With so many things to do in the area, it’s no wonder that Japanese people have started flocking to it in recent years. However, it is still relatively unknown to foreign tourists, making it a great location to check out Tokyo’s modern art and cafe scenes without worrying so much about the crowds.
One of the biggest attractions of the neighborhood is Kiyosumi Garden. Just three minutes away from Kiyosumi-shirakawa Station on foot, it was originally part of a residence owned by a wealthy merchant during the Edo period (1603 - 1868). Eventually, it was donated to the city of Tokyo and opened to the public in 1932.
The scenery that Kiyosumi Garden has on offer is stunning, with lush greenery surrounding a tranquil pond. Why not take a breather from the busy Tokyo metropolis by strolling through the garden and admiring the traditional Japanese architecture and landscaping?
Despite not many foreign tourists knowing of it, Kagurazaka is an popular urban neighborhood situated near Iidabashi Station that’s known as Tokyo’s "Little Paris" among Japanese residents. It is made up of trendy cafes, cobblestone streets, and stores selling all kinds of knickknacks and sweets.
What most people don’t know is that it is actually still retains vestiges of its geisha district past. You’ll find many high-class Japanese restaurants (ryotei) housed within old-school buildings, as well as backstreets and alleys that look like they came straight from the past.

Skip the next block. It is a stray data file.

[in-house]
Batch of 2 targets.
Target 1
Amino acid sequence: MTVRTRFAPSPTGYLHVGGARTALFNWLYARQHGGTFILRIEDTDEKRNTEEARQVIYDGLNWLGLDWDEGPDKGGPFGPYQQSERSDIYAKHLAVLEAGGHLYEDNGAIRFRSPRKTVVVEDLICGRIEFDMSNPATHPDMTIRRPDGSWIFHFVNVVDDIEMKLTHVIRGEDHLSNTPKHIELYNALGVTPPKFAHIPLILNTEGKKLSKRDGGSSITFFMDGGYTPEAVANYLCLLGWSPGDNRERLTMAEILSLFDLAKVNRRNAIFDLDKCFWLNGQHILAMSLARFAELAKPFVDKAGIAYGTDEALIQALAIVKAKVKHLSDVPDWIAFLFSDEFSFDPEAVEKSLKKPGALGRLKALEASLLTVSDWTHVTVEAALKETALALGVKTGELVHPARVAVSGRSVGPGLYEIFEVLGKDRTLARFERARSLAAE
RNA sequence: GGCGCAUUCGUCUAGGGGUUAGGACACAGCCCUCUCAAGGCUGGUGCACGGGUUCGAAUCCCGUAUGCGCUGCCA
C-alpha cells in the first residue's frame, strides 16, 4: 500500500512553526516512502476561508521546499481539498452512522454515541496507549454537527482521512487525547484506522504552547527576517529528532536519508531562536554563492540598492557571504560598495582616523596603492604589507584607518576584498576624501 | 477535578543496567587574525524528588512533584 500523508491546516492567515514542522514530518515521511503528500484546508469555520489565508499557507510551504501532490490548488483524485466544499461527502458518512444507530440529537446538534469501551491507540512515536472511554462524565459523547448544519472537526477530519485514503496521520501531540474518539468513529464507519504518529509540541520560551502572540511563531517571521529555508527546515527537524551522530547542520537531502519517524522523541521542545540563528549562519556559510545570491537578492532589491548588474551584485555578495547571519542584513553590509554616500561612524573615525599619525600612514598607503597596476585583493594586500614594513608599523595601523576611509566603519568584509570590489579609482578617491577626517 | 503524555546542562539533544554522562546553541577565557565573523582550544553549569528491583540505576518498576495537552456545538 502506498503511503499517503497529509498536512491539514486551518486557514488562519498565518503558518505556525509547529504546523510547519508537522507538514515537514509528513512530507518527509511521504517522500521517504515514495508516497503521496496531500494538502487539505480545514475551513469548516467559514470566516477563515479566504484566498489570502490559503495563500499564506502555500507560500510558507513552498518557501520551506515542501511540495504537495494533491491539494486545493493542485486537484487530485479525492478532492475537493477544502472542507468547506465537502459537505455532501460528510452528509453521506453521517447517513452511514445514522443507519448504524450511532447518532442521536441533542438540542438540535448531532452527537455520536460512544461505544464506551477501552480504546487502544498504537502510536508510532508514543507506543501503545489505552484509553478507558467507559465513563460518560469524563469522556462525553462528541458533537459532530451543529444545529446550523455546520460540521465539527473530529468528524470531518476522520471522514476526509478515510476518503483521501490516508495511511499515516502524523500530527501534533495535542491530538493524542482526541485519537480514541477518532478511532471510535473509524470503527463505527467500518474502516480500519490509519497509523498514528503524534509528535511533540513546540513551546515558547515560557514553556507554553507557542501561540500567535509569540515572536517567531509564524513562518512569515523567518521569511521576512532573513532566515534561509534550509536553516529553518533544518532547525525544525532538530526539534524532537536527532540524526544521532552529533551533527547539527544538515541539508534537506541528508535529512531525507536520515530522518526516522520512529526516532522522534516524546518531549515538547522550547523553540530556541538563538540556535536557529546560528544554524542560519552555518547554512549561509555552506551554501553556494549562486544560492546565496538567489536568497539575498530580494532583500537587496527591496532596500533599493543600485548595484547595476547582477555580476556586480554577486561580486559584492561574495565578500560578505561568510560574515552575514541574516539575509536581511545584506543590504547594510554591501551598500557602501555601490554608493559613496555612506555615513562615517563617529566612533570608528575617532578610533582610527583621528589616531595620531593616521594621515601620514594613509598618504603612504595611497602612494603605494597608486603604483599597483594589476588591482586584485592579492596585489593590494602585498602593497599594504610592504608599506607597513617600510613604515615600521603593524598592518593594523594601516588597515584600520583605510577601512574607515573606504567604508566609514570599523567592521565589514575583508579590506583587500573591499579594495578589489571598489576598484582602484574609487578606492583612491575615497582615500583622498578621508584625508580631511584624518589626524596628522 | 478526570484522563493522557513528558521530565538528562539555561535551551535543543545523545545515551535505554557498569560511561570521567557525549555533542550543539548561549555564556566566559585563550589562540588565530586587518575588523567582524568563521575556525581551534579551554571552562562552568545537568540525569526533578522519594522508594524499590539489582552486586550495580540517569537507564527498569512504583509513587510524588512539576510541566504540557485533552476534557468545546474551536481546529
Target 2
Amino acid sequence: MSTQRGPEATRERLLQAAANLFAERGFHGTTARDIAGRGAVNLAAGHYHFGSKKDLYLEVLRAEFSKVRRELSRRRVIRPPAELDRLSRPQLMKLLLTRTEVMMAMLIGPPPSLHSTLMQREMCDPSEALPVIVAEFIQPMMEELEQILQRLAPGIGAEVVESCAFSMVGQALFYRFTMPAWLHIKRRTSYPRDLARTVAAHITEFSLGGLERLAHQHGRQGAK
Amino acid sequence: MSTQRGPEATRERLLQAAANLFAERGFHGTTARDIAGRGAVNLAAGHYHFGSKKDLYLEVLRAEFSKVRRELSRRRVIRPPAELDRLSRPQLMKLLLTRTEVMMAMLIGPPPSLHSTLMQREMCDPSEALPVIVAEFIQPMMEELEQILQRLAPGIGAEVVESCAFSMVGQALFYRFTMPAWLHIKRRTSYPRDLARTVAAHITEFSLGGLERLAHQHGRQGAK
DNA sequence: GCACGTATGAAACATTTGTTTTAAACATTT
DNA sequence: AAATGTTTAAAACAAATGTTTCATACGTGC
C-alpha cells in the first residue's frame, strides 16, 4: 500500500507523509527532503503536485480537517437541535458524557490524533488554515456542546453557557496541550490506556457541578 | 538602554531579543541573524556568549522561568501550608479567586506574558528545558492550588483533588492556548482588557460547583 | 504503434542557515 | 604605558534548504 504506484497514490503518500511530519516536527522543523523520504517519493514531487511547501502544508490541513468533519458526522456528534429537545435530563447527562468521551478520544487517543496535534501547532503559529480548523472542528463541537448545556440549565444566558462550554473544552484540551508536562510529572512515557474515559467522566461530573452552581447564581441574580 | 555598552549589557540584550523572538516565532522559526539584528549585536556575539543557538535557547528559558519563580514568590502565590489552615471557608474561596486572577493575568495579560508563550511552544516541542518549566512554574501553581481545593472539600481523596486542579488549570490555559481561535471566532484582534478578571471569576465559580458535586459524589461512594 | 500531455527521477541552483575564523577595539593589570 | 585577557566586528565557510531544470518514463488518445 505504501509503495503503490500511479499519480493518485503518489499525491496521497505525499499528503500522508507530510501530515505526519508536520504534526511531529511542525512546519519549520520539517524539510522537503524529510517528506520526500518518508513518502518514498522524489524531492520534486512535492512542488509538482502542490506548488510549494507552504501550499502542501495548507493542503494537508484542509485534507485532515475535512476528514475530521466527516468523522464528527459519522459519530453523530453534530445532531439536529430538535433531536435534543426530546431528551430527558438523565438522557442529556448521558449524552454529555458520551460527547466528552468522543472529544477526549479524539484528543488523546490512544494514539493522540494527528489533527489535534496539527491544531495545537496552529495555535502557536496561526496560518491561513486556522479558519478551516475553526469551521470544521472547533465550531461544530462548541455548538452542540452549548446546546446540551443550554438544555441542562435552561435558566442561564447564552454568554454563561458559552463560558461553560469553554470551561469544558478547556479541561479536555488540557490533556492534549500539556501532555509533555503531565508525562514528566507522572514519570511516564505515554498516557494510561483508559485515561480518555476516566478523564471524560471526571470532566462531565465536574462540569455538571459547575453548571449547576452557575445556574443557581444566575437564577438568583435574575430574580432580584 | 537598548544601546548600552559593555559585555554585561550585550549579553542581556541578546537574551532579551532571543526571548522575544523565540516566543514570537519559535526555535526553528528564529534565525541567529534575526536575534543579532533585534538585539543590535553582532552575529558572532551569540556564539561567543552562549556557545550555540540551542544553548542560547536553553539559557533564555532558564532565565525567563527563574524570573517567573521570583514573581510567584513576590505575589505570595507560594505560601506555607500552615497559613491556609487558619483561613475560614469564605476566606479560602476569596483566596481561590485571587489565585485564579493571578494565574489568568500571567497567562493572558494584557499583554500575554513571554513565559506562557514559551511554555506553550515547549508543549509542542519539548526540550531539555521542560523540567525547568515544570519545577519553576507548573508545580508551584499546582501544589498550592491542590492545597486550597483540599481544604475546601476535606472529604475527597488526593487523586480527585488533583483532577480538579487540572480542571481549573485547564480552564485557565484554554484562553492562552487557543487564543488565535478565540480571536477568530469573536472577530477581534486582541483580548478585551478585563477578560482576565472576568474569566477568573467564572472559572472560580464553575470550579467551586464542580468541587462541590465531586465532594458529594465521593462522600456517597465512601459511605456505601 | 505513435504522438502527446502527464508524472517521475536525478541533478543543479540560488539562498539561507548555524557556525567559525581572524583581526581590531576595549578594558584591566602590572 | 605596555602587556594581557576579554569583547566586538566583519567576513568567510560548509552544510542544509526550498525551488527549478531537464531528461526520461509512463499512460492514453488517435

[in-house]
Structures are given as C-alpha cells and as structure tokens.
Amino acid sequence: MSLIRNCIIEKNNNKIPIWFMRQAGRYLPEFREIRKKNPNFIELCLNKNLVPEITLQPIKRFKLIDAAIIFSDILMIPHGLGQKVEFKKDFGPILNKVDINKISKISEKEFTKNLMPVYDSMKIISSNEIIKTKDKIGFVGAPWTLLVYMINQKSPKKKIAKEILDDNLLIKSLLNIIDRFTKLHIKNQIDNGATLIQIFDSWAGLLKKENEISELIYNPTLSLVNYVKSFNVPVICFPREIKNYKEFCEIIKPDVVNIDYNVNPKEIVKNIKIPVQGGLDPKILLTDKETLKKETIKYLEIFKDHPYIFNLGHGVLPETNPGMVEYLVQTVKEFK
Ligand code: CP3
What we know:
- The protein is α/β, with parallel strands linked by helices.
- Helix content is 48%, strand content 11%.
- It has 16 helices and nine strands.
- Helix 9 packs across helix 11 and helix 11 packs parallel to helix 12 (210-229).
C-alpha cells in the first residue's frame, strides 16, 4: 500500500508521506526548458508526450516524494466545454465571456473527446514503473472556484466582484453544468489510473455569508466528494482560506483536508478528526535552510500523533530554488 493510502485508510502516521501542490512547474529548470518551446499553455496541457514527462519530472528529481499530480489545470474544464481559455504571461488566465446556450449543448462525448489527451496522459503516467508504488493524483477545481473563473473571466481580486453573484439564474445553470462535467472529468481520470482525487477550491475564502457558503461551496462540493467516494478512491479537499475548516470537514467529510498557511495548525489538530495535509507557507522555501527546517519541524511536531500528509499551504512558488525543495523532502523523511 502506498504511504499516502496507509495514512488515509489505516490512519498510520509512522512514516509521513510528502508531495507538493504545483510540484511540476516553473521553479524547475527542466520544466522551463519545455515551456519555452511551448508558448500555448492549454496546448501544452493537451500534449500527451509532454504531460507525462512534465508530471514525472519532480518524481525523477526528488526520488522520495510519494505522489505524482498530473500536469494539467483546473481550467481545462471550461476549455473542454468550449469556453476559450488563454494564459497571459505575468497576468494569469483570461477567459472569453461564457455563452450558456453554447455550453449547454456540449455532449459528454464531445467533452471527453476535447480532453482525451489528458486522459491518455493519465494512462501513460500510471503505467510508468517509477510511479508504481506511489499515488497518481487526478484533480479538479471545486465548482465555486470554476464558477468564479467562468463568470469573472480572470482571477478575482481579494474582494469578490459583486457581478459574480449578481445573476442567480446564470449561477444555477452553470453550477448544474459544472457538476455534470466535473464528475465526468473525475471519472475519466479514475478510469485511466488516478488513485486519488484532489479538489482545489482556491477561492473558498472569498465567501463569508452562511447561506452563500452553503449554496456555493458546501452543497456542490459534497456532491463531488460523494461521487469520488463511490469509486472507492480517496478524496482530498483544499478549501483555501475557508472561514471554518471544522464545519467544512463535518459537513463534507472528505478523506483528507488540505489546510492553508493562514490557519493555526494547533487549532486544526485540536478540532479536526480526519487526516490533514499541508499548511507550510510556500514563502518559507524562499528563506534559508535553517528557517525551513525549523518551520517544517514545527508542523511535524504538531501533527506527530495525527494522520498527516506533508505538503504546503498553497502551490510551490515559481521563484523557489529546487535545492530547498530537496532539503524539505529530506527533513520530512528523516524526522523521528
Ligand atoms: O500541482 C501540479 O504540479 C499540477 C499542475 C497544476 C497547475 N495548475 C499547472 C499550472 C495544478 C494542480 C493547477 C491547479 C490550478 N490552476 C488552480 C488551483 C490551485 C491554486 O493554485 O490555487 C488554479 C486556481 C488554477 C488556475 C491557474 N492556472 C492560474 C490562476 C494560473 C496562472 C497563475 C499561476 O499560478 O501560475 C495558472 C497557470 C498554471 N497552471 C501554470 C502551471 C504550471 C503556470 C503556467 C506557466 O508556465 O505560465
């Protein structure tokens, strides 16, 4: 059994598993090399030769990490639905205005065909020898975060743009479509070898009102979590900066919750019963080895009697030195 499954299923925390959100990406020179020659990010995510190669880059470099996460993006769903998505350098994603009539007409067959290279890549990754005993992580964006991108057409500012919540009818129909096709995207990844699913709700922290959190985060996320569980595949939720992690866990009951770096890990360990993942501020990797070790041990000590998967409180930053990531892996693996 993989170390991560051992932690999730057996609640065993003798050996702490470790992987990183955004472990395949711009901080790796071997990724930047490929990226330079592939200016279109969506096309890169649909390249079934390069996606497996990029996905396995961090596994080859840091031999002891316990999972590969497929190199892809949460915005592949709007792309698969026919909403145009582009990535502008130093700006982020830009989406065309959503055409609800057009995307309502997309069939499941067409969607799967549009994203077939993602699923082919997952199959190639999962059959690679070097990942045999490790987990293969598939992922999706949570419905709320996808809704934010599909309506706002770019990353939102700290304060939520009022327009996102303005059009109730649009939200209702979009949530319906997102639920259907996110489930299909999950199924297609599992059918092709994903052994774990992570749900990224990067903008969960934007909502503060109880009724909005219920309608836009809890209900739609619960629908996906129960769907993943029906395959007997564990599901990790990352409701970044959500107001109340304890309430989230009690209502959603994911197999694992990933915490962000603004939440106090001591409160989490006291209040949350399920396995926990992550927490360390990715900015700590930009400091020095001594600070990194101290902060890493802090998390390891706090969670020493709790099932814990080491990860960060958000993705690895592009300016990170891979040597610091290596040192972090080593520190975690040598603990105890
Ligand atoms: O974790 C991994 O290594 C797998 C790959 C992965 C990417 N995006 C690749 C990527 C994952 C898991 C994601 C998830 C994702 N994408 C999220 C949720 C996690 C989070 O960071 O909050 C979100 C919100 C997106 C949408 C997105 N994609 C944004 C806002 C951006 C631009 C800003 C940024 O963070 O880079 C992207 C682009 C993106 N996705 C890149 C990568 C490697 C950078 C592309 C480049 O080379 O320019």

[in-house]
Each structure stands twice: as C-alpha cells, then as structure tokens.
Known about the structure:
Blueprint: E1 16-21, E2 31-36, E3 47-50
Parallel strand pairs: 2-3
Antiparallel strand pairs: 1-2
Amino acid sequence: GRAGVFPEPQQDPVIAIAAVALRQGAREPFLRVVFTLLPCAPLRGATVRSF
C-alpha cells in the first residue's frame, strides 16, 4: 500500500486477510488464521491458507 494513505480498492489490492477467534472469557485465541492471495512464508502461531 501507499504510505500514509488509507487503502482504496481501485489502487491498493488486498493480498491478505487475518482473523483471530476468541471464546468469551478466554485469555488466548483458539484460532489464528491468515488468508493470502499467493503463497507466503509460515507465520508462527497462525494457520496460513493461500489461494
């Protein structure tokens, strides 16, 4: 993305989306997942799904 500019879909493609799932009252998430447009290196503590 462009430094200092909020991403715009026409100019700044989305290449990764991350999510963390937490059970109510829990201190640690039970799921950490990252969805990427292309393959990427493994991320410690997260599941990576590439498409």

Kagurazaka’s retro backstreets are so well hidden that most people don’t even know about them! One such location is Kakurenbo Yokocho, full of buildings with gorgeous black wooden walls and tasteful cobblestone pavement that let you almost envision what it must have looked like back when Kagurazaka was still a geisha district. Even today, many ryotei call this backstreet their home, so if you’re looking to try some high-class Japanese food within an old-Japan atmosphere without having to visit Kyoto, this is where you should visit.
Jiyugaoka offers a completely different experience from most neighborhood in Tokyo. Rather than offering a taste of old Japan, it is strangely reminiscent of a European town - with plenty of boutiques, hip cafes, and other features typical of such a town - yet at the same time still retains a Japanese air. Since most foreign tourists prefer to go to Ginza for a more modern townscape, Jiyugaoka is rarely busy on weekdays, giving you a great opportunity to look around and see the result of a unique blend of European and Japanese architectural elements.